For those of you who watch Doctor Who, you may remember the Judoon – a rhinoceros-headed alien species that are often employed as mercenaries. You probably also remember the way they speak, with rapid-fire single-syllable words almost always ending with an ‘o’. But did you know that studying how the Judoon speak can help you with your Chinese?
First, watch this video.
Notice how they pronounce every syllable in the same amount of time?
Good – we’ll get back to that shortly.
Chinese is Tonal
The way you say something in Chinese is incredibly important. There are 5 tones – 4 pitched tones and 1 neutral tone – that help to determine what a word means just as much as the consonants and vowels.
For example, each of the pronunciations of ‘ma’ in this video mean a completely different thing.
It’s very important that you use the correct tones when speaking – if you don’t, you might not be understood at all.
Tones Take Practice
For native English speakers like myself, tones don’t come so naturally. At least, we don’t think about them in this way. We do have tones – we just use them differently. A good example is how we raise our pitch at the end of a question. The tone we’re using definitely brings meaning to the sentence, just not to the same extent that it would in Chinese.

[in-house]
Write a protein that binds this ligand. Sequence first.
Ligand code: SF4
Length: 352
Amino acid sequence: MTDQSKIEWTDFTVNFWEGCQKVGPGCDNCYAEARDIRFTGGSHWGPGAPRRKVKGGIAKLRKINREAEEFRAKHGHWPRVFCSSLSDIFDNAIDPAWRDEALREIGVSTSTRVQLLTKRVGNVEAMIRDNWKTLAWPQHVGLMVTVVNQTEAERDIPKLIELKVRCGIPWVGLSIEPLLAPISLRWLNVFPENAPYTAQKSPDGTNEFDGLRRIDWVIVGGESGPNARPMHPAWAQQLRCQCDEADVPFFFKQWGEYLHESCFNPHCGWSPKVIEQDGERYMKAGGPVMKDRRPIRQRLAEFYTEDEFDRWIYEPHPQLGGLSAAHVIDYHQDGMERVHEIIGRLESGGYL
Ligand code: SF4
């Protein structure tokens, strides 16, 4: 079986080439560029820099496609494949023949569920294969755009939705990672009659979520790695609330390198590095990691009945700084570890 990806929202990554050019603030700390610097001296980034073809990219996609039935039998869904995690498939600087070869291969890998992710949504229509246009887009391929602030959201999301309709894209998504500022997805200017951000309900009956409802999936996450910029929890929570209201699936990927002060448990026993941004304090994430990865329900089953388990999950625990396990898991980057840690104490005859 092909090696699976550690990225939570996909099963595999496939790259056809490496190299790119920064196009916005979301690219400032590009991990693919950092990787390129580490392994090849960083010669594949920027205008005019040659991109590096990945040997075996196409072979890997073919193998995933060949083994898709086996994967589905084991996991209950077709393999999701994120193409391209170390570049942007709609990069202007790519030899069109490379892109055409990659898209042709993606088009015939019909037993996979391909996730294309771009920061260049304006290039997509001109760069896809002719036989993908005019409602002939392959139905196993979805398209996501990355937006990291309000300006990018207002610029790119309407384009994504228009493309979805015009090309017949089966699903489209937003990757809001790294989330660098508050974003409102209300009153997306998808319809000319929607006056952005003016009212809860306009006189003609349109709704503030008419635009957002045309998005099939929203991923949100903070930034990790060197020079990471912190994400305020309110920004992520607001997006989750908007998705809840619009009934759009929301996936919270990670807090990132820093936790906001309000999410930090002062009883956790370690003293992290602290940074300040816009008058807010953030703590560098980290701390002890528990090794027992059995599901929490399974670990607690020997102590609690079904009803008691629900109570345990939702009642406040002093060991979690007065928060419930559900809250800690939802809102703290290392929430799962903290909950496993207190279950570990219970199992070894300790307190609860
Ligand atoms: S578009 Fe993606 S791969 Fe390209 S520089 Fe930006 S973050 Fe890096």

In addition to that, we frequently pronounce syllables using the 4th tone (high pitch to low pitch). We just don’t realize we’re doing it.
But even with those comforting bits of knowledge, Chinese is a whole new way of speaking – you have to learn how to pronounce each of the tones and how to switch between them quickly. That means without pausing to think before ev-er-y syl-la-ble.
This isn’t a problem, of course. You just need to tackle it in the right way.
How the Judoon Can Help You with Chinese
Remember how I pointed out how the Judoon language gives every syllable the same amount of time and emphasis as the others?
We’re going to use that to our advantage here. See, we need to practice speaking and switching between Chinese tones a little slower than native speed at first, but not too slow. To make sure we do that, we’re going to give every syllable the same amount of time, just like the Judoon.
Pick a speed – I’d suggest following the same speed as the Judoon in the video above at first, at least until you can easily switch between the tones accurately (no cheating). As you get better, just speed it up. This will train your mouth and your mind, and you’ll be speaking Chinese much quicker in no time if you keep practicing.
I suggest reading Pinyin to do this – we aren’t focusing on creating sentences or recognizing characters right now, just pronouncing tones.
Here are a couple sentences you can try:
wŏ shì xuésheng, tā yě shì xuésheng ma?
(I’m a student, is he also a student?)
nǐ xǐhuan chī zhōngguócài háishì xǐhuan chī měiguócài?
(Do you like to eat Chinese food or American food?)
Please take note – this is a method for practicing. Real people don’t talk like this. Rhinoceros-headed aliens talk like this. Once you’ve achieved a good speed, move on to speaking like a real person.
There you have it – proof that watching Doctor Who can have real-world applications.
Have any other tips for practicing tones? Let us know in the comments!